CNN host Rick Sanchez has more than 140,000 followers on Twitter but is now out of a job. The controversial but creative TV personality interacted live on the air with Twitter and Facebook users, but it was good old fashioned radio where he made statements about Jewish control over the media that lost him his job today.
Sanchez’s popular Twitter account handle is named @RickSanchezCNN, but he’ll be able to change that without losing his thousands of followers. He hasn’t changed it yet, nor made any kind of statement over that public channel, but this unique intersection of traditional media and new media at a time of professional upheaval presents some interesting questions.
Does Sanchez Owe CNN any Followers?
Does Sanchez own his Twitter account or does CNN? Ought he be required to remove the reference to CNN from his name? Should he do so before or after making some public statement about being fired?
You can still visit the Twitter profile page of another fired CNN reporter, @OctaviaNasrCNN, but all her followers and messages have now been switched over to @OctaviaNasr – without the CNN.
What Does it Mean to Have a Media Megaphone in 2010?
Did CNN lose out on the social media investment they put into Sanchez’s personal account over the years? Ought they have driven all followers to an official company account instead, in case something like this happened? Presumably some people would see it that way, but social media is so personality-driven that wouldn’t likely have worked as well. None the less, some people will point to this as an example of a corporate brand growing side-by-side with a personal brand, and thus being more vulnerable to brand value walking out the door. Fortunately, with the democratization of free publishing – the capacity to build an audience is less scarce than it was in the era of old media. Today, effective use of new media just makes the pie higher for all parties involved. Sanchez’s personal use of an associated platform (@RickSanchezCNN) at least in theory drove more value to CNN than CNN could have built on its own account by themselves.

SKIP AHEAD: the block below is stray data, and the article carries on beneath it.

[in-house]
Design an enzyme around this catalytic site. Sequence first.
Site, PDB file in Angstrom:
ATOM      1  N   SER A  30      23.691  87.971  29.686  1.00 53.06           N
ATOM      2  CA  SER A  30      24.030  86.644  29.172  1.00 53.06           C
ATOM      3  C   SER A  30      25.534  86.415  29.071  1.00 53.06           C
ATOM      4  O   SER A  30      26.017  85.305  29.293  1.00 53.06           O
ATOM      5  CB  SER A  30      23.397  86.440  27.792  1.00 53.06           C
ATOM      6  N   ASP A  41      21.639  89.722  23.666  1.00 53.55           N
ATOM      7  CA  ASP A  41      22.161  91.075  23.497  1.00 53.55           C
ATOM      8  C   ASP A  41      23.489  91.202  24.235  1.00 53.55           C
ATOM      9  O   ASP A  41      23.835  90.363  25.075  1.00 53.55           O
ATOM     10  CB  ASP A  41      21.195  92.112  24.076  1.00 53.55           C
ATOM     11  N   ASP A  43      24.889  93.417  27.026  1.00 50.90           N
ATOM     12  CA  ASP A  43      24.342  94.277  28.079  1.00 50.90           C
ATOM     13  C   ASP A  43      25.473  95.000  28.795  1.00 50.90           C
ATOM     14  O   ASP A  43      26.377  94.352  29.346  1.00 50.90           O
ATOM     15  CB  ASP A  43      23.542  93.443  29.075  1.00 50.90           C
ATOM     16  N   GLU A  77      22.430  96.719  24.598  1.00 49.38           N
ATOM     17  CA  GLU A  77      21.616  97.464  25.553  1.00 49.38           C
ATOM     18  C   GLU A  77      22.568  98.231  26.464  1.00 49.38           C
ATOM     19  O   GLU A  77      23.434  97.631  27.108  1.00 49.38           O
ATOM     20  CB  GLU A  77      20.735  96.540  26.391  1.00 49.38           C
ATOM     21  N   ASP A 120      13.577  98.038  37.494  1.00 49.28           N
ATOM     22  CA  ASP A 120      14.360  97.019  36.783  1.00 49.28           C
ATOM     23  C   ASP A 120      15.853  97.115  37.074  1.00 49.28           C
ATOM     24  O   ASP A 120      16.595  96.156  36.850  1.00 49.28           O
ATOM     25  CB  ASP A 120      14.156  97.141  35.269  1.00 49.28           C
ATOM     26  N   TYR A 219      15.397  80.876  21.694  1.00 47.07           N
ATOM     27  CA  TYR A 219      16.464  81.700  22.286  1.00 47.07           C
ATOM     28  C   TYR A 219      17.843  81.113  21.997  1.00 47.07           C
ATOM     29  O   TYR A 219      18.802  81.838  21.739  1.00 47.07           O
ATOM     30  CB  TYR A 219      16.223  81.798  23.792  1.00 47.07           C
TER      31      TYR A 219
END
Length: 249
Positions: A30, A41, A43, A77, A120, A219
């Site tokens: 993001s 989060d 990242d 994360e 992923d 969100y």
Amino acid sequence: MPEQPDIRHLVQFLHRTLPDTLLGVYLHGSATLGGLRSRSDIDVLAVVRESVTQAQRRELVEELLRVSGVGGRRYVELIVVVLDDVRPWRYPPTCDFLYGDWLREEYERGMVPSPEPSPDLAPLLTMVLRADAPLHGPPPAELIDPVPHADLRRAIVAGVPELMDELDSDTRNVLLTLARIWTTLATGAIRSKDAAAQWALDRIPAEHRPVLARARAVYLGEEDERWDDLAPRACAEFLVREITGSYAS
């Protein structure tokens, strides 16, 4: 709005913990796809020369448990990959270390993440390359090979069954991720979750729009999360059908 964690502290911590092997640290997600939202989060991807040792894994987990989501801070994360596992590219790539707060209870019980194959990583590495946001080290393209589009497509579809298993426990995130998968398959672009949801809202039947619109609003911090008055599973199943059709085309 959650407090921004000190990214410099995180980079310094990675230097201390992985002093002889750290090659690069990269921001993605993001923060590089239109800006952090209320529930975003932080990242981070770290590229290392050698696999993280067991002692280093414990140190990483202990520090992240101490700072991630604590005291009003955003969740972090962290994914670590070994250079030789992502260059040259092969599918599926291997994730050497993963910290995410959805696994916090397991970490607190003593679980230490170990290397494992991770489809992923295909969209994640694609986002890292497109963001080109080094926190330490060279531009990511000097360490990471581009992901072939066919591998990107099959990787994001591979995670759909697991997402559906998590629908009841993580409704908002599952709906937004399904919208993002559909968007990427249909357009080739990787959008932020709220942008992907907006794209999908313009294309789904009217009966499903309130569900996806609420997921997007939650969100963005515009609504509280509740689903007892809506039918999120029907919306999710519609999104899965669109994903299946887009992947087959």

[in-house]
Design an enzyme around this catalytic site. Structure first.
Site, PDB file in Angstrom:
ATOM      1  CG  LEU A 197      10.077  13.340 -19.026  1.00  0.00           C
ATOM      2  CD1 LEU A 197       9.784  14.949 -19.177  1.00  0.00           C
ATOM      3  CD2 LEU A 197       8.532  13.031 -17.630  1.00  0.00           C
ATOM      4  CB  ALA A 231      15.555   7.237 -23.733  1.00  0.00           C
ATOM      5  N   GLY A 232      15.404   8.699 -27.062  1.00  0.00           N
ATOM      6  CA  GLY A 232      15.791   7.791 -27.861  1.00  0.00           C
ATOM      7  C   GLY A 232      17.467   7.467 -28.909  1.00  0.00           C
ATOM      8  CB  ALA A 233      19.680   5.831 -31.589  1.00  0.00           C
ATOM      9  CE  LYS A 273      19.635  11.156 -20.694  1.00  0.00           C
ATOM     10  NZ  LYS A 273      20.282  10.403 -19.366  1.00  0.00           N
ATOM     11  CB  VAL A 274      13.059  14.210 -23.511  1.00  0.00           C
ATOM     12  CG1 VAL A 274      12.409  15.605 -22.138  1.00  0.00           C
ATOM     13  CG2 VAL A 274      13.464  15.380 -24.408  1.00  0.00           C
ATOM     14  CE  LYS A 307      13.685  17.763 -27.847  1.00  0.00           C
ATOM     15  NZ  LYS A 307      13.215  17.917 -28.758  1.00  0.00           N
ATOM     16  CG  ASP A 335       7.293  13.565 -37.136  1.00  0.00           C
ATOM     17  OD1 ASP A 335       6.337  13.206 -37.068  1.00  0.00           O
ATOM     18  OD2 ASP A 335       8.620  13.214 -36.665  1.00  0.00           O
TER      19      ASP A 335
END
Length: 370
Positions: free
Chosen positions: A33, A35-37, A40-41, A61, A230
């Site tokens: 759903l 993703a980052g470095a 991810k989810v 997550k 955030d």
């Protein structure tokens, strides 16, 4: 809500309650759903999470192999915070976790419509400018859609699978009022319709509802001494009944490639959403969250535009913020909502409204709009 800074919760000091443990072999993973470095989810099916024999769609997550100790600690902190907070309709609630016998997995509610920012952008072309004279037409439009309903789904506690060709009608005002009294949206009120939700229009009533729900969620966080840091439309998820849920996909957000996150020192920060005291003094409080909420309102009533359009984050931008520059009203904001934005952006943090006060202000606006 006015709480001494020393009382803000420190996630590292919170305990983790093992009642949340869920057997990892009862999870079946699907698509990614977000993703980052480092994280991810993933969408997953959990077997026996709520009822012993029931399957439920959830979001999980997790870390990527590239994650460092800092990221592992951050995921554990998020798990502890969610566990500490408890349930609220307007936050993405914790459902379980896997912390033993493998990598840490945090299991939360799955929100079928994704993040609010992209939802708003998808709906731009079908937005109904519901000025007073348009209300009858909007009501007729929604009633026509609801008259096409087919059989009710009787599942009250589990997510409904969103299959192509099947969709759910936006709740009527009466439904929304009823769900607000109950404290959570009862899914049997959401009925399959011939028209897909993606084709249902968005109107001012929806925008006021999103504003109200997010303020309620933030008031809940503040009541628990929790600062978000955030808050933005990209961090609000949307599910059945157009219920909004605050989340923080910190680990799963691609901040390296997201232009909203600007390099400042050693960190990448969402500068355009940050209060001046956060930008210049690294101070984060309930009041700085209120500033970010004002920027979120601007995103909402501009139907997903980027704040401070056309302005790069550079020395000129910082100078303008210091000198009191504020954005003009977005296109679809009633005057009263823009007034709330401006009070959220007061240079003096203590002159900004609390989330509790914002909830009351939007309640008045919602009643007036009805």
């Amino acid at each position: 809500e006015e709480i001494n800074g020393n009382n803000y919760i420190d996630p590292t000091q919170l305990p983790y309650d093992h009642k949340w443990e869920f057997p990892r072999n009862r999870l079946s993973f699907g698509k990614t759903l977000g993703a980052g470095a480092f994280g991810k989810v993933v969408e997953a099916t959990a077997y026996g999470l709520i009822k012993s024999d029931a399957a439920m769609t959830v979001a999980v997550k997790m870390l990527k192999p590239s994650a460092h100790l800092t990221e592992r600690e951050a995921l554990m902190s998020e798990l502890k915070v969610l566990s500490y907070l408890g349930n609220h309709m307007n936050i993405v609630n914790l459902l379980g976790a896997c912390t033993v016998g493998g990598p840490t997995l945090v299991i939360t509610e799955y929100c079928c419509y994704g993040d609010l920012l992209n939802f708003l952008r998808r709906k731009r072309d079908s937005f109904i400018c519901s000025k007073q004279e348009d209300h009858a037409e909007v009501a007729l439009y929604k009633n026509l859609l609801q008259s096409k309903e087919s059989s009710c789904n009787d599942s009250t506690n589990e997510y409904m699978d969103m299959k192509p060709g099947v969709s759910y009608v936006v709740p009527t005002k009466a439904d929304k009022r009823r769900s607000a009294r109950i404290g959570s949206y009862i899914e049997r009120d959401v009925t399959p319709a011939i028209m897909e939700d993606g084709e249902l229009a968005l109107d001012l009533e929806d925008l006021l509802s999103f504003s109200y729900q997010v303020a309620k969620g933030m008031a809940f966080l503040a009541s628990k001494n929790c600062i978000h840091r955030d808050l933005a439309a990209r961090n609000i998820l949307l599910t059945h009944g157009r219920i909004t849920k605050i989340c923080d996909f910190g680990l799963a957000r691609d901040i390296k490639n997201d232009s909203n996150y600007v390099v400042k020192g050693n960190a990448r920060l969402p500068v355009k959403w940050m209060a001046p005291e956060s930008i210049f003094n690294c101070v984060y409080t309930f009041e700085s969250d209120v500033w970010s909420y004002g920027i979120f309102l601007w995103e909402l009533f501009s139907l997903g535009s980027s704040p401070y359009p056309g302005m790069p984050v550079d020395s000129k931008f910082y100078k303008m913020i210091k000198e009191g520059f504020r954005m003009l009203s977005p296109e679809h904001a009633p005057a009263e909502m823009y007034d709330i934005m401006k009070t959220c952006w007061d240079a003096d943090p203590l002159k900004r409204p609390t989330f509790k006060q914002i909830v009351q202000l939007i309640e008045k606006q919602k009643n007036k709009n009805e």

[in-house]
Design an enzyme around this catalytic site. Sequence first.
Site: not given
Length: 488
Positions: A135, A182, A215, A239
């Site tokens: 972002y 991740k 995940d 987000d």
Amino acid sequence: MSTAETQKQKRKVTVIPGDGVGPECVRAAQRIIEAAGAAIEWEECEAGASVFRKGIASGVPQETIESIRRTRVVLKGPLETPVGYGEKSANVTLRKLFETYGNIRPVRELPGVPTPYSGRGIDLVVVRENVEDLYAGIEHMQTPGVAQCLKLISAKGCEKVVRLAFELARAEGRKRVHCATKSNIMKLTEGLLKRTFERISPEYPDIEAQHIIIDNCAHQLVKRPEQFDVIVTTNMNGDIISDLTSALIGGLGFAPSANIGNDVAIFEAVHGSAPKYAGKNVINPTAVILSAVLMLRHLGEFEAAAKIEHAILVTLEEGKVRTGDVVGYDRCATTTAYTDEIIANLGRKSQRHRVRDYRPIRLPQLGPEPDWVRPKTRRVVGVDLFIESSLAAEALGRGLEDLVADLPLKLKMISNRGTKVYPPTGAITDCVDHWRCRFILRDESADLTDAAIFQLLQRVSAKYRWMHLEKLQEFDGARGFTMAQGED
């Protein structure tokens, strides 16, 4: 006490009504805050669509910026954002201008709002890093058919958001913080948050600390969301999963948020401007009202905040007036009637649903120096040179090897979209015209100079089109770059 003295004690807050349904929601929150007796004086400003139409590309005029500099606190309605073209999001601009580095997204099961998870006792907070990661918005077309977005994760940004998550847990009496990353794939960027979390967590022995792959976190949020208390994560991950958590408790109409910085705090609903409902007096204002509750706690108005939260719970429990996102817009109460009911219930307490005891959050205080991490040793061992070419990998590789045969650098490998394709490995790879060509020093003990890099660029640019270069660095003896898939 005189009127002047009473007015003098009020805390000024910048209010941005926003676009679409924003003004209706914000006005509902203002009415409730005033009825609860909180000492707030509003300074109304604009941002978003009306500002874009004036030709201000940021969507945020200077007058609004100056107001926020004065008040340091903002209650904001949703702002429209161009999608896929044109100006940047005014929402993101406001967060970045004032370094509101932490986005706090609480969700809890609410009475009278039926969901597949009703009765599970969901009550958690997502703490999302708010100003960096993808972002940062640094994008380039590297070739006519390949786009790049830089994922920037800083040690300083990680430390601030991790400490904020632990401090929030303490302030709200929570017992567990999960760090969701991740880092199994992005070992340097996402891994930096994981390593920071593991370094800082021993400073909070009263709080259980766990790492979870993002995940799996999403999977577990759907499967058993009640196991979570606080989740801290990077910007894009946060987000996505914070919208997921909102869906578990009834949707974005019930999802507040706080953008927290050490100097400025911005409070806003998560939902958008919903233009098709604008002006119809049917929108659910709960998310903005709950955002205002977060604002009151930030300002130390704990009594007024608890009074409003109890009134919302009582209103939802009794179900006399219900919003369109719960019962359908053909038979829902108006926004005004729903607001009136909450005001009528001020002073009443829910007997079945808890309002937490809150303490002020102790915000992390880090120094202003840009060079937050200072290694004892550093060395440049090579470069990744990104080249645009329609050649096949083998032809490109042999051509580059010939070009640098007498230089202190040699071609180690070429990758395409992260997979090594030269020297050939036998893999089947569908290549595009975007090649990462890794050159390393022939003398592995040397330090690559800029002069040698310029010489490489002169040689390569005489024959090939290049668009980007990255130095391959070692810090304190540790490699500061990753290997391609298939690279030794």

Did CNN lose out on the social media investment they put into Sanchez’s personal account over the years? Ought they have driven all followers to an official company account instead, in case something like this happened?
Sanchez is out of a job, but he hasn’t lost his very public voice. That’s a historical anomaly. Does the free-form nature of social media, combined with the personal ownership over this platform, combine to make public figures more comfortable saying things they might not have said in the past?
Not everyone liked Sanchez on camera very much. (He’s kind of annoying, as social media experts so often are perhaps.) Do people like him more or less in short-form text? Will he be able to pull something out of his hat, 140 characters at a time? Will his comfort with emerging media platforms make it easier for him to get his next job with old media? (The comments that got him fired will make that all the more difficult.) Perhaps he’ll try to do something entirely new himself, on new media.
We could go on and on. There are many, many questions that come up about this situation and very few clear answers. We’re in new territory, folks.